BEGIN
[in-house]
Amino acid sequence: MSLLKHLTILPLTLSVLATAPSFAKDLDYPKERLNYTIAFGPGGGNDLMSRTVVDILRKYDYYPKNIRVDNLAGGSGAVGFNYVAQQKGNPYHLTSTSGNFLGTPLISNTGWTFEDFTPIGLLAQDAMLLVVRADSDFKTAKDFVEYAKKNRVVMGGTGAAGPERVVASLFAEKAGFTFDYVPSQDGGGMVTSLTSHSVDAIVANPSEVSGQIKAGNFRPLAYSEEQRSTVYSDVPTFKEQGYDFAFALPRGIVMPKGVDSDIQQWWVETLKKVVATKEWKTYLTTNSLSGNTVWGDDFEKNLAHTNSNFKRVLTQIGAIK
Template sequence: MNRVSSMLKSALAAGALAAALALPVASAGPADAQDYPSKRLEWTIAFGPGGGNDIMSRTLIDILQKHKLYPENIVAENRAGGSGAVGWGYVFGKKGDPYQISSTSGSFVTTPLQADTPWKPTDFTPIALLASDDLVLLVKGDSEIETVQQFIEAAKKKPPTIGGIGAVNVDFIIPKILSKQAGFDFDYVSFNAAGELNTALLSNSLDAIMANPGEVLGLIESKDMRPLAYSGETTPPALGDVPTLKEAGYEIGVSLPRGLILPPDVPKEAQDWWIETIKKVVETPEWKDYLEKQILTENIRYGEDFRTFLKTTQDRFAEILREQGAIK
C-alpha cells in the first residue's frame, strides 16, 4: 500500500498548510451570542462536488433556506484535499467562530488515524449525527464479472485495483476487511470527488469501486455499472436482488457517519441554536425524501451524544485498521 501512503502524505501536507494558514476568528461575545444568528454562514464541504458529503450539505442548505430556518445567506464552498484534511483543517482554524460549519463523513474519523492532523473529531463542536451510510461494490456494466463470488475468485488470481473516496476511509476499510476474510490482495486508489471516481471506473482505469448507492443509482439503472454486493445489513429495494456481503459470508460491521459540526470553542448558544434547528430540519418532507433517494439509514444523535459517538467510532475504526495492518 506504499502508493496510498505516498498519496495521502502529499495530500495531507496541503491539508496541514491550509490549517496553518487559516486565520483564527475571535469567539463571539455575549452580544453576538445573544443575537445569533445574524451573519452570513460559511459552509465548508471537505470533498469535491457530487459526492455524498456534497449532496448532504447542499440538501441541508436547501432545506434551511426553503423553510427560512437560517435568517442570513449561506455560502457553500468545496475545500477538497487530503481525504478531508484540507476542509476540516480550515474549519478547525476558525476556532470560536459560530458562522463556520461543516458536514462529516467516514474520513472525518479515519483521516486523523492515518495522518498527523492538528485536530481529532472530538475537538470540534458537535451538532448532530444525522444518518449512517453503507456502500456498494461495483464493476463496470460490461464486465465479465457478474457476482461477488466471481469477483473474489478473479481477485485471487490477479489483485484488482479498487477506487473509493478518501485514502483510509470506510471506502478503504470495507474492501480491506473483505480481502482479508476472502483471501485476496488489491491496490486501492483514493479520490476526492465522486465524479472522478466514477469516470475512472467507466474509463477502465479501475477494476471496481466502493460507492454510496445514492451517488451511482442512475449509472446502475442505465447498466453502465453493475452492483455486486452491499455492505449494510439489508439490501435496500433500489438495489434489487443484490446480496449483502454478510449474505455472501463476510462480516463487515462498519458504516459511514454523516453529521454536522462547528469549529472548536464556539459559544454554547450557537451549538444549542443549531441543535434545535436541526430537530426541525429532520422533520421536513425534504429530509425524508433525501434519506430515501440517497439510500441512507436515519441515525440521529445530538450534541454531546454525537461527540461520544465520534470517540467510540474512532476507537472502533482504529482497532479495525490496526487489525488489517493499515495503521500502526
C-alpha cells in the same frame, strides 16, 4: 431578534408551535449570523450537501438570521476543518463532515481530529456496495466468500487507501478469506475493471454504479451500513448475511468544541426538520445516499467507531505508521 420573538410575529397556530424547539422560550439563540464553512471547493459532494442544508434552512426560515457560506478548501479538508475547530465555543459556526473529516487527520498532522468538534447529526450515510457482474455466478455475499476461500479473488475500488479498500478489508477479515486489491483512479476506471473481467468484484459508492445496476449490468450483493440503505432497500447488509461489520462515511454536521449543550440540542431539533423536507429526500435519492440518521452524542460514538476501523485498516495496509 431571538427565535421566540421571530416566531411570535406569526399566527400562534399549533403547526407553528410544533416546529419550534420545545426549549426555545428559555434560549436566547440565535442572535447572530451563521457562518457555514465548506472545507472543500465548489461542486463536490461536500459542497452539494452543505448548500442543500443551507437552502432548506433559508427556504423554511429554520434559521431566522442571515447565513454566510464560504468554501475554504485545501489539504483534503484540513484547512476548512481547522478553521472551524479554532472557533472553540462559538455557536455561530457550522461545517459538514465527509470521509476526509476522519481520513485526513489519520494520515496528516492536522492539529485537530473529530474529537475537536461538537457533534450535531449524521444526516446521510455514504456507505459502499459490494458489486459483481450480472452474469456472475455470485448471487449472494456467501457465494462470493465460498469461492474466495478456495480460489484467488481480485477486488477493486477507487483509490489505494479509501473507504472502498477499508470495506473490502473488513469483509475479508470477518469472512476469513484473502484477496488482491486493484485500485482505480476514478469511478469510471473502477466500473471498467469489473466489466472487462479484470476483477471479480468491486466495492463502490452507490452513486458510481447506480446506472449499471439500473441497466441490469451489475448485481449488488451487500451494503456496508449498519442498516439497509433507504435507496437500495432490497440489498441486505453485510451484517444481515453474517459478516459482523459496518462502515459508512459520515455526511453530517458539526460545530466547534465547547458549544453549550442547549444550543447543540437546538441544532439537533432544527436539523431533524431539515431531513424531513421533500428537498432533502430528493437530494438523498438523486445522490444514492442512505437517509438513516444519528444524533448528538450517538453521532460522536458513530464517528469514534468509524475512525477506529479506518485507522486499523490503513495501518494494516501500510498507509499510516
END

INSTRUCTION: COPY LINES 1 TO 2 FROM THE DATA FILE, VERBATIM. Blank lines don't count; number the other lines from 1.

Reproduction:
[in-house]
Amino acid sequence: MSLLKHLTILPLTLSVLATAPSFAKDLDYPKERLNYTIAFGPGGGNDLMSRTVVDILRKYDYYPKNIRVDNLAGGSGAVGFNYVAQQKGNPYHLTSTSGNFLGTPLISNTGWTFEDFTPIGLLAQDAMLLVVRADSDFKTAKDFVEYAKKNRVVMGGTGAAGPERVVASLFAEKAGFTFDYVPSQDGGGMVTSLTSHSVDAIVANPSEVSGQIKAGNFRPLAYSEEQRSTVYSDVPTFKEQGYDFAFALPRGIVMPKGVDSDIQQWWVETLKKVVATKEWKTYLTTNSLSGNTVWGDDFEKNLAHTNSNFKRVLTQIGAIK